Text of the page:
Monday, September 03, 2007

Four Quick Hits

Municipal, provincial, federal, and American political links on this Labour Day Monday.

Municipal: The Alnoor Kassam campaign will be running the first batch of radio ads this week, on traffic. They're kind of cute, so feel free to give them a listen here.

Provincial: Apparently Ed Stelmach is getting the always unpleasant Mr. Dithers label, according to the Globe. As much as I'm not a fan of Stelmach, I've actually never heard him called Mr. Dithers. I've heard "Unsteady Eddie", "Mr. Ed", "Special Ed", "Harry Strom Jr." and about 50 other insults, but never Dithers. The article also has this inspirational quote:

“Will there be people without homes? Yes. Will there be some sick people that we can't save, despite all the medical technology that we have? Yes, there will be. But people are continuing to move here because where else are they going to go in Canada?

I think we may have a new slogan to replace wild rose province. "Alberta: Where else are you gonna go?"

Federal: The Tories continue to try and neutralize the Afghanistan issue.

US: Lots of Republicans seem to get themselves into sex scandals. And, for whatever reason, a large percentage of them seem to be gay sex scandals.

Labels: , , , , ,


  • I think they retired "Mr. Dithers" when Martin stepped down. No one else will wear that for a while yet.

    By Blogger saphorr, at 2:09 a.m.  

  • I don't get it - first Craig Chandler tells non-Tories to leave, and now Stelmach is asking where else could we go?

    Talk about flip-flopping indeed!

    By Blogger Glen, at 2:20 a.m.  

  • I prefer "Sick to the Stelmach" or "Stelmach Ache".

    By Blogger Robert Vollman, at 10:08 a.m.  

  • Someone at the Sun coined "Premier Rain Man," and that's what I've been using ever since.

    By Blogger Ravuya, at 11:02 a.m.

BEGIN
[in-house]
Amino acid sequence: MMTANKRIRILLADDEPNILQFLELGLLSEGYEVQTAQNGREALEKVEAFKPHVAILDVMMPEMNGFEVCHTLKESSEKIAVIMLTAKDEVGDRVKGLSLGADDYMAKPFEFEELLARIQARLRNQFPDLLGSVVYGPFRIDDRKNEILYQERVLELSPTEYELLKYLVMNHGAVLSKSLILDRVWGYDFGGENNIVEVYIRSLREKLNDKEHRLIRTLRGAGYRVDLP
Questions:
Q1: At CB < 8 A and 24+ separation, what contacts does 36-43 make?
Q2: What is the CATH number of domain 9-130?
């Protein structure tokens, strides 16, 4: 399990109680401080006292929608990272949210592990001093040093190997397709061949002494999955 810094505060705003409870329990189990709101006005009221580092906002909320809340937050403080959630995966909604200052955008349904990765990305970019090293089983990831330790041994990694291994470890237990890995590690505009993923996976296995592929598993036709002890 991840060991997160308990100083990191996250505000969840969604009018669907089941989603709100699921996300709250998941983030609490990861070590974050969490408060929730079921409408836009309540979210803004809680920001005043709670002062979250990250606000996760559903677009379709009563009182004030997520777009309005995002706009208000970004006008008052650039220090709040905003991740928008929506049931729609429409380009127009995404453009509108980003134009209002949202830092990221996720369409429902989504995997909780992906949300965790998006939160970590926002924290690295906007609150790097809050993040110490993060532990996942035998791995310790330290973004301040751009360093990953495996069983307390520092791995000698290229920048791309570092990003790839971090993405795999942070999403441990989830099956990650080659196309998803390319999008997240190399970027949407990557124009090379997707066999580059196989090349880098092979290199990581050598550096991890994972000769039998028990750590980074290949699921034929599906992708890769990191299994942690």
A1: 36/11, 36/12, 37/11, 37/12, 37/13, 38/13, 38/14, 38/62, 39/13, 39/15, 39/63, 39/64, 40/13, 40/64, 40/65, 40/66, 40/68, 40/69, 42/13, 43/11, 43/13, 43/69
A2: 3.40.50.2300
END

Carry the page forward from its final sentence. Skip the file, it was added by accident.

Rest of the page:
• I just read that exact same Stelmach article and was really caught off guard by his comments. This guy is Premier of Alberta...?! With a heavy heart and deep sigh, I resign myself, once again, to grappling with the fact that Canada is run by mediocre half-weights who couldn't make Chief of Staff in other countries. Why is Canada such a magnet for mediocrity? Whether it's politics or Ginger Snaps, I grow more and more frustrated each day.

    Perhaps I shouldn't be so gloomy - maybe it's just my mood today.

    But yeah, nice slogan suggestion. The provincial Liberals could really make some use of that...

    By Blogger Jacques Beau Vert, at 4:09 p.m.  

  • jason; You've been reading too much Andrew Coyne lately...

    In fairness, there aren't exactly a ton of inspiring politicians around these days. Even the "succesful" ones like Harper and McGuinty aren't exactly setting the world on fire.

    By Blogger calgarygrit, at 7:05 p.m.  

  • to be honest, if Stephane Dion gets the shot to be PM with a strong mandate during good economic times, he'd probably set the world on fire. He's got a maverick streak.

    By Blogger petroom, at 8:06 p.m.  

  • How does a mayor plan to get tough on drugs and crime - shouldn't he be aware they do not fall within municipal jurisdiction?

    By Blogger Gayle, at 8:08 p.m.